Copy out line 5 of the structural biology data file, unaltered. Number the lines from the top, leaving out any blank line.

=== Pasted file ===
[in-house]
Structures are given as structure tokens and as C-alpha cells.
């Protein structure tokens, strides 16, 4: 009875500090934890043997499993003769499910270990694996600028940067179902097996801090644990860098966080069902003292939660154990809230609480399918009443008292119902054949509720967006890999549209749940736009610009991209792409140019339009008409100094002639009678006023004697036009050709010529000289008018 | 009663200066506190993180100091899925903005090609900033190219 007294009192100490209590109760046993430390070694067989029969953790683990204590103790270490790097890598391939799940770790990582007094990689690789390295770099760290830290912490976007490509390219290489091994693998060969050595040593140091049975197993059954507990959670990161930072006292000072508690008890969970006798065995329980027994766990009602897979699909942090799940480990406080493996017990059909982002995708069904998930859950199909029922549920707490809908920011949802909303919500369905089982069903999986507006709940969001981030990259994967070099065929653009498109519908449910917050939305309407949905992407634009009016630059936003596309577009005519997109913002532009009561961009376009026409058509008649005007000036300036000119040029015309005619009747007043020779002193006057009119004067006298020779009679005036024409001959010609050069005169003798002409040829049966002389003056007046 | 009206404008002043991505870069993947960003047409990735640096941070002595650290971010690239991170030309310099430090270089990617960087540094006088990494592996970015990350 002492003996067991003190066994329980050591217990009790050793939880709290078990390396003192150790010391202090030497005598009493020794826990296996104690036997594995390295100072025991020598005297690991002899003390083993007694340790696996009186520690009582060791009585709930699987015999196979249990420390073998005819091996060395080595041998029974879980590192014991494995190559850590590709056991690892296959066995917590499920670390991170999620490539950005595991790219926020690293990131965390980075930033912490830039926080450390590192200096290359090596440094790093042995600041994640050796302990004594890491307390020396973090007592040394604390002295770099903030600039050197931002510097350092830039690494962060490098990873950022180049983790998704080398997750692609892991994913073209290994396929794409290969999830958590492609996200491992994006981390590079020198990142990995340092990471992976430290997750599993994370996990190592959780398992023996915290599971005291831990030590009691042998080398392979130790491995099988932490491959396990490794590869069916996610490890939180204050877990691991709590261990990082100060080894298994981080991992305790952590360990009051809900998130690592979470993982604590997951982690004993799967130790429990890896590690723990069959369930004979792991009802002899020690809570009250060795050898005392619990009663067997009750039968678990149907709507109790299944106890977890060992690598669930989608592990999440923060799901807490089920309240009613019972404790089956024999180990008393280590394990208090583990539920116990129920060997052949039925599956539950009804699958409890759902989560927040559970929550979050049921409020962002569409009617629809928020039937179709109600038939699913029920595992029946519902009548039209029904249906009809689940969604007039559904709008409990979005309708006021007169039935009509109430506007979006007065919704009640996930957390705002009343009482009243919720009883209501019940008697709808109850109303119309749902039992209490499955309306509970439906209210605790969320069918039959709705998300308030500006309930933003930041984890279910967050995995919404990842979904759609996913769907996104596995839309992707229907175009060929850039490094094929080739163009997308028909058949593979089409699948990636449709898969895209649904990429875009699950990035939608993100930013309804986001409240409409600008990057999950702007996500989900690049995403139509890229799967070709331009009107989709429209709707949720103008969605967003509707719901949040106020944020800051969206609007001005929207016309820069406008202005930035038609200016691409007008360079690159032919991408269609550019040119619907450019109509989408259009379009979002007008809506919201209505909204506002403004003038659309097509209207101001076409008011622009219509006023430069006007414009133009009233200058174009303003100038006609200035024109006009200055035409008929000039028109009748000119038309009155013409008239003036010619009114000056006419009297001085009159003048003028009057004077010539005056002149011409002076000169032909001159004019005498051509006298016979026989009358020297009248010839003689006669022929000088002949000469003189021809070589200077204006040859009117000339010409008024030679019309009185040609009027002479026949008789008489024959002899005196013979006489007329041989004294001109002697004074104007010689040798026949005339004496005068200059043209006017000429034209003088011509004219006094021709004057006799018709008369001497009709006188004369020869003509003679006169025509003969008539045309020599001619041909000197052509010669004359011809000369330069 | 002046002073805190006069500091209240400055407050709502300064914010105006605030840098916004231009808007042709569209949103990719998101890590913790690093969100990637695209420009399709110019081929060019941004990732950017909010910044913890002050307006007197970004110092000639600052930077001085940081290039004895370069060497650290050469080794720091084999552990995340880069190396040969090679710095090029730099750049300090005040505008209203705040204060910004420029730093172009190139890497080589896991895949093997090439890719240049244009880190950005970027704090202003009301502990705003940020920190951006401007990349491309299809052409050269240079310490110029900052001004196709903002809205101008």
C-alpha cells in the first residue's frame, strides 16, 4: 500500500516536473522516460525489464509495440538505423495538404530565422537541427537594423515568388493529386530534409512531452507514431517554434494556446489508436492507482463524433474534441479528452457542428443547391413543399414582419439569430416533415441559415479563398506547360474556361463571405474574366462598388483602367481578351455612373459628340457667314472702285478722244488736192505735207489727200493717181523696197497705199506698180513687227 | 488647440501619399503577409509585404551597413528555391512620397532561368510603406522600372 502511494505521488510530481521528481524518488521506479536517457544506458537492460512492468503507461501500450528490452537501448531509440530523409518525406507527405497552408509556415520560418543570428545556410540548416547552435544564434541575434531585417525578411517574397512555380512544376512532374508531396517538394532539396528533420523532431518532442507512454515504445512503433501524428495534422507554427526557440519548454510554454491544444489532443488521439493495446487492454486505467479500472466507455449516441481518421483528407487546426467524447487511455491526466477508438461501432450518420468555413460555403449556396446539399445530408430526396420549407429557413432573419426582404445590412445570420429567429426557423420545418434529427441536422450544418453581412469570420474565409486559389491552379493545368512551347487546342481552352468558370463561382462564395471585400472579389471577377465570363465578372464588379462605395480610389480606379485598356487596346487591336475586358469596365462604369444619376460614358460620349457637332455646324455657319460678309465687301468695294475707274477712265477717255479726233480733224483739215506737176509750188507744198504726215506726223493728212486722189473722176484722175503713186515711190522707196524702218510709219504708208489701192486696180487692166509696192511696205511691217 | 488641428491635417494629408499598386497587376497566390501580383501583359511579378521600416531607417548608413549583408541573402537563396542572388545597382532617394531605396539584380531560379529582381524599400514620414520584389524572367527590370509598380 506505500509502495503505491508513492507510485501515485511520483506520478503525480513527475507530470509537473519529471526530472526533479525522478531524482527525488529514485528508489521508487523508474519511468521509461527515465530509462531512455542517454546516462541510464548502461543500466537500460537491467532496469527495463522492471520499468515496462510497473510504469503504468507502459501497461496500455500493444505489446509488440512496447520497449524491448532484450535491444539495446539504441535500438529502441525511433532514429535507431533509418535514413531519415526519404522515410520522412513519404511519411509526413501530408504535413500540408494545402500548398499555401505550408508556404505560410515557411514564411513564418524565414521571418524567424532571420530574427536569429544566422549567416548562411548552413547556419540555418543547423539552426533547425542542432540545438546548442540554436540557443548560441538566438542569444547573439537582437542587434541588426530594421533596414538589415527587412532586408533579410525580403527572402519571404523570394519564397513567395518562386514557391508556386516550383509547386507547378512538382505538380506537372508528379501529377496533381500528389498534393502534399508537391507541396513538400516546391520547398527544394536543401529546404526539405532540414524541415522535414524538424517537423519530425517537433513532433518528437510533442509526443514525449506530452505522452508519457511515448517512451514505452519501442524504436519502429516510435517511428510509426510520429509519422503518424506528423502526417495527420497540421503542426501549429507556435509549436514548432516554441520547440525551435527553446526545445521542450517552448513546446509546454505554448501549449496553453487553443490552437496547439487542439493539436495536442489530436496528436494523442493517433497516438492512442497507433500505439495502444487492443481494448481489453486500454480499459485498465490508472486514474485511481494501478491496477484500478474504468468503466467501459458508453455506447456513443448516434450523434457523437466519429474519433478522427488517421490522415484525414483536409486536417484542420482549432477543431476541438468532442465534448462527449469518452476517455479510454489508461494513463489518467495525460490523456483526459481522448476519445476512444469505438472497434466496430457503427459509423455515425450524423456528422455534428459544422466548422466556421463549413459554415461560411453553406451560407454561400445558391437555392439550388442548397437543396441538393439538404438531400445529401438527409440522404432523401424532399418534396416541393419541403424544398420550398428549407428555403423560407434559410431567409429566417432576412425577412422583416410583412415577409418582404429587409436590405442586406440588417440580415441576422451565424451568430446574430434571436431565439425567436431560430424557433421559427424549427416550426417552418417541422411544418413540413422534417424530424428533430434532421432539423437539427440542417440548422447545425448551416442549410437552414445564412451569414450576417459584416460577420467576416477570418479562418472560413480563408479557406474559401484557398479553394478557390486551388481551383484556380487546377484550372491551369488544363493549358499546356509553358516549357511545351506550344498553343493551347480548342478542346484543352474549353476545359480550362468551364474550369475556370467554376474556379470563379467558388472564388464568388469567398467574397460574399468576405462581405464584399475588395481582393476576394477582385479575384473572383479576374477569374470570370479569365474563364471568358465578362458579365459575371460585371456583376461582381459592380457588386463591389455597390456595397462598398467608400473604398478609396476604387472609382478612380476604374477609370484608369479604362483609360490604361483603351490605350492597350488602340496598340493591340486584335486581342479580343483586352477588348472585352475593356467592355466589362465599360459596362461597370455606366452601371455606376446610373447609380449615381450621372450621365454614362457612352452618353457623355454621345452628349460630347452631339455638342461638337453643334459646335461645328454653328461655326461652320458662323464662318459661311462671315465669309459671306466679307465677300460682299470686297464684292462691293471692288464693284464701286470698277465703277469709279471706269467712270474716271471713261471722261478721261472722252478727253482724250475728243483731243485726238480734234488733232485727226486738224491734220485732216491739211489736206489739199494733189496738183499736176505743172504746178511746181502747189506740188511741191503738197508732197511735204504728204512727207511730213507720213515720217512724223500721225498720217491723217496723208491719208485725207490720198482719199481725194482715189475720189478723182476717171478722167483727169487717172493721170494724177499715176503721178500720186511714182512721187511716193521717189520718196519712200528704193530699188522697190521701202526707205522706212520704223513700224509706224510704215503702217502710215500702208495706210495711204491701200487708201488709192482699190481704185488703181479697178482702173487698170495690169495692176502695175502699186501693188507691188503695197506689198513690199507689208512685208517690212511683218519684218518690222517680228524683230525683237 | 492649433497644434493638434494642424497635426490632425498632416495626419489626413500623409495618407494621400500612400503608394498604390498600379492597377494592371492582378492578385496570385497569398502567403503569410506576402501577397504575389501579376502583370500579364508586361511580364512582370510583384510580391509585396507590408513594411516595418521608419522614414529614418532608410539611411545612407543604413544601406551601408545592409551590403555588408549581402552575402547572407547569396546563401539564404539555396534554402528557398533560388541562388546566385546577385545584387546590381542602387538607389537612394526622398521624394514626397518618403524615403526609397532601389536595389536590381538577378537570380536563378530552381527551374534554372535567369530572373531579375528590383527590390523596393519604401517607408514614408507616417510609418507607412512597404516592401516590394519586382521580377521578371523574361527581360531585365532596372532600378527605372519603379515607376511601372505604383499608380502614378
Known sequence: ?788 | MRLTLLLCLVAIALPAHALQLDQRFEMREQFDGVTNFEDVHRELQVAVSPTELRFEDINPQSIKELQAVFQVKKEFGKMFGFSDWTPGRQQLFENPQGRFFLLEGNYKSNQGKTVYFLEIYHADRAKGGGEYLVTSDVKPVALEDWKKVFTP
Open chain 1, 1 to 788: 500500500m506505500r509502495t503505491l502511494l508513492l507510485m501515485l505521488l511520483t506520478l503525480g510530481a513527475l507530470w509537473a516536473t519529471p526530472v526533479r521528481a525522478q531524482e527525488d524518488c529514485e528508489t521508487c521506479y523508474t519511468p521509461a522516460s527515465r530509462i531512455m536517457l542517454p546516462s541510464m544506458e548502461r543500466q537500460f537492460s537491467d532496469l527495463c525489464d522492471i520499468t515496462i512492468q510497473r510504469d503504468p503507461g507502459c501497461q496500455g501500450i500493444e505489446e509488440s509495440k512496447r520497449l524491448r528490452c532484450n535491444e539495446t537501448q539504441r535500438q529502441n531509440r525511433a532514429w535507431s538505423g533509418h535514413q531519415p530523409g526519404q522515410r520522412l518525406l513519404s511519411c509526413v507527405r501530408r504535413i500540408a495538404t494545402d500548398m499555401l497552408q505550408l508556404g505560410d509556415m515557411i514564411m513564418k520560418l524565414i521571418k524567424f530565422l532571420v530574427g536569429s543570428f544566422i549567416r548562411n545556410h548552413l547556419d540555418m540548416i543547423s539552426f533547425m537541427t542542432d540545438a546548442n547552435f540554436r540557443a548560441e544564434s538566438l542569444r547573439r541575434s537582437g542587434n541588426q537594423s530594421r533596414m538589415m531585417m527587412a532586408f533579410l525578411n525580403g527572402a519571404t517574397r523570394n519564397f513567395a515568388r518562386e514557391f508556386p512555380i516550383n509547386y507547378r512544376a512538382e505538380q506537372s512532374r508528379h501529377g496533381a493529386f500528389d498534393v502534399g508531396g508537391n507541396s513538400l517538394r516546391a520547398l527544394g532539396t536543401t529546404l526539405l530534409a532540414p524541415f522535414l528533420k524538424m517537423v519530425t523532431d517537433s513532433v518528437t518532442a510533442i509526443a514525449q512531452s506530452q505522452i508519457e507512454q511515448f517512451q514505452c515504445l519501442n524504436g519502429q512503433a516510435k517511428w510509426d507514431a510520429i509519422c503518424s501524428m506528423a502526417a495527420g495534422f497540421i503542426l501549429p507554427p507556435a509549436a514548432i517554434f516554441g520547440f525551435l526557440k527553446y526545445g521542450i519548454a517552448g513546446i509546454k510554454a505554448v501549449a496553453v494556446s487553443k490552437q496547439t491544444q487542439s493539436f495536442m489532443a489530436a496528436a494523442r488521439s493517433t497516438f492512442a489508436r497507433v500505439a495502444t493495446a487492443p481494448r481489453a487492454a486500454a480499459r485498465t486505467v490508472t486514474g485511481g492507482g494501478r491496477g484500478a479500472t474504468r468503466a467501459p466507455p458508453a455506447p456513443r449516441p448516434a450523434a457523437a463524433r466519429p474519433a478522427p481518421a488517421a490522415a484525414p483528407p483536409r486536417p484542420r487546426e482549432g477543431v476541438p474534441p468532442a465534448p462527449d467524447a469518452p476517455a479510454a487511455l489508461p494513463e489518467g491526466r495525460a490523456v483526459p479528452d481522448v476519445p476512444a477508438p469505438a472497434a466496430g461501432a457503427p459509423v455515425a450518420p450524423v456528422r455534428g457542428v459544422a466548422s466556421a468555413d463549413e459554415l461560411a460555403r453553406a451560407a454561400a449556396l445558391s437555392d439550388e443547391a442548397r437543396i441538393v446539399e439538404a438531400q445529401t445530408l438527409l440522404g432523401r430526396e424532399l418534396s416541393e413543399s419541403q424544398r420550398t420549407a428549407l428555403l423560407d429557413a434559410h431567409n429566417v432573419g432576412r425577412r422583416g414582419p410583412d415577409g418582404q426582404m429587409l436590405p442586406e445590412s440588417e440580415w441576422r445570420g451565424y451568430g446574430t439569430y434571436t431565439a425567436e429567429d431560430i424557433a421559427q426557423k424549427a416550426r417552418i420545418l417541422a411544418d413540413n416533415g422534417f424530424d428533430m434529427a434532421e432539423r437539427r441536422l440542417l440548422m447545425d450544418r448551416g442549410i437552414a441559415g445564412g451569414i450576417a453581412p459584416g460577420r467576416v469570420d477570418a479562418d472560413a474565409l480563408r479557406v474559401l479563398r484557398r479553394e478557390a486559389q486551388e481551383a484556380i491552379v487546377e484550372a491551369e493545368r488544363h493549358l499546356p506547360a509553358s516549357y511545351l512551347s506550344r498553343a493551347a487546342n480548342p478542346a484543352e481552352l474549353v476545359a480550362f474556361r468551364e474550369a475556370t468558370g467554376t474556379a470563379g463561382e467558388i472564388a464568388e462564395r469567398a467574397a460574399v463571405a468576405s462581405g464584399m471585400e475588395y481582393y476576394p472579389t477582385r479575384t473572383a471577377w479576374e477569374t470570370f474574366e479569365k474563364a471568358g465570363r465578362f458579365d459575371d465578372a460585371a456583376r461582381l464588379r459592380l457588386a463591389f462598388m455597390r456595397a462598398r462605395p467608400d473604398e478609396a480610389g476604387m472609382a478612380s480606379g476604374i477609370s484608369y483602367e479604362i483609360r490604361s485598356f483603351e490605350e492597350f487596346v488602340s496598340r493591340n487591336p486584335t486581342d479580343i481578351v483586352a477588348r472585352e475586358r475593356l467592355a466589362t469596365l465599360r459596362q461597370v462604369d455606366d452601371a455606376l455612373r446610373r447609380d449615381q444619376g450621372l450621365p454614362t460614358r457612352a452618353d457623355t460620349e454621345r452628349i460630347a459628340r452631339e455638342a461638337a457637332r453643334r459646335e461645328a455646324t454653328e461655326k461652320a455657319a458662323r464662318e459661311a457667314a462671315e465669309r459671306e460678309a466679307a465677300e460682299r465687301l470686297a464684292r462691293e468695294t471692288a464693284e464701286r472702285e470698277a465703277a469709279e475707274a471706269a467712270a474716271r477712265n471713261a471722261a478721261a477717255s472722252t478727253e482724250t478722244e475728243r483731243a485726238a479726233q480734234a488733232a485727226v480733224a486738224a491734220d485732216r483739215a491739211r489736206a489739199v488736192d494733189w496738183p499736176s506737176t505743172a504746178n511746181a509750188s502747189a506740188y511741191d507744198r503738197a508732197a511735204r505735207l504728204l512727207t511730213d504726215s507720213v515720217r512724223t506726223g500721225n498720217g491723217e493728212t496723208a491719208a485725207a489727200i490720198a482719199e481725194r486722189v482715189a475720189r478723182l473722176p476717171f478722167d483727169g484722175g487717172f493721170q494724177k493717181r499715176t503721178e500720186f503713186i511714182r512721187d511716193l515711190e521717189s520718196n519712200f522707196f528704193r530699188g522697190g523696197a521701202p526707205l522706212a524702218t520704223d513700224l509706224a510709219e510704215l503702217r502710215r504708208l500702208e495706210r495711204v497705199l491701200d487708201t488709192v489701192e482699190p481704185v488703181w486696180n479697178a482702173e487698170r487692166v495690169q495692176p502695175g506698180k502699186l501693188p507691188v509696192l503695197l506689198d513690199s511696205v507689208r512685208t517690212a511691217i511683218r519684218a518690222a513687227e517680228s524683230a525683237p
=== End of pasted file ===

Known sequence: ?788 | MRLTLLLCLVAIALPAHALQLDQRFEMREQFDGVTNFEDVHRELQVAVSPTELRFEDINPQSIKELQAVFQVKKEFGKMFGFSDWTPGRQQLFENPQGRFFLLEGNYKSNQGKTVYFLEIYHADRAKGGGEYLVTSDVKPVALEDWKKVFTP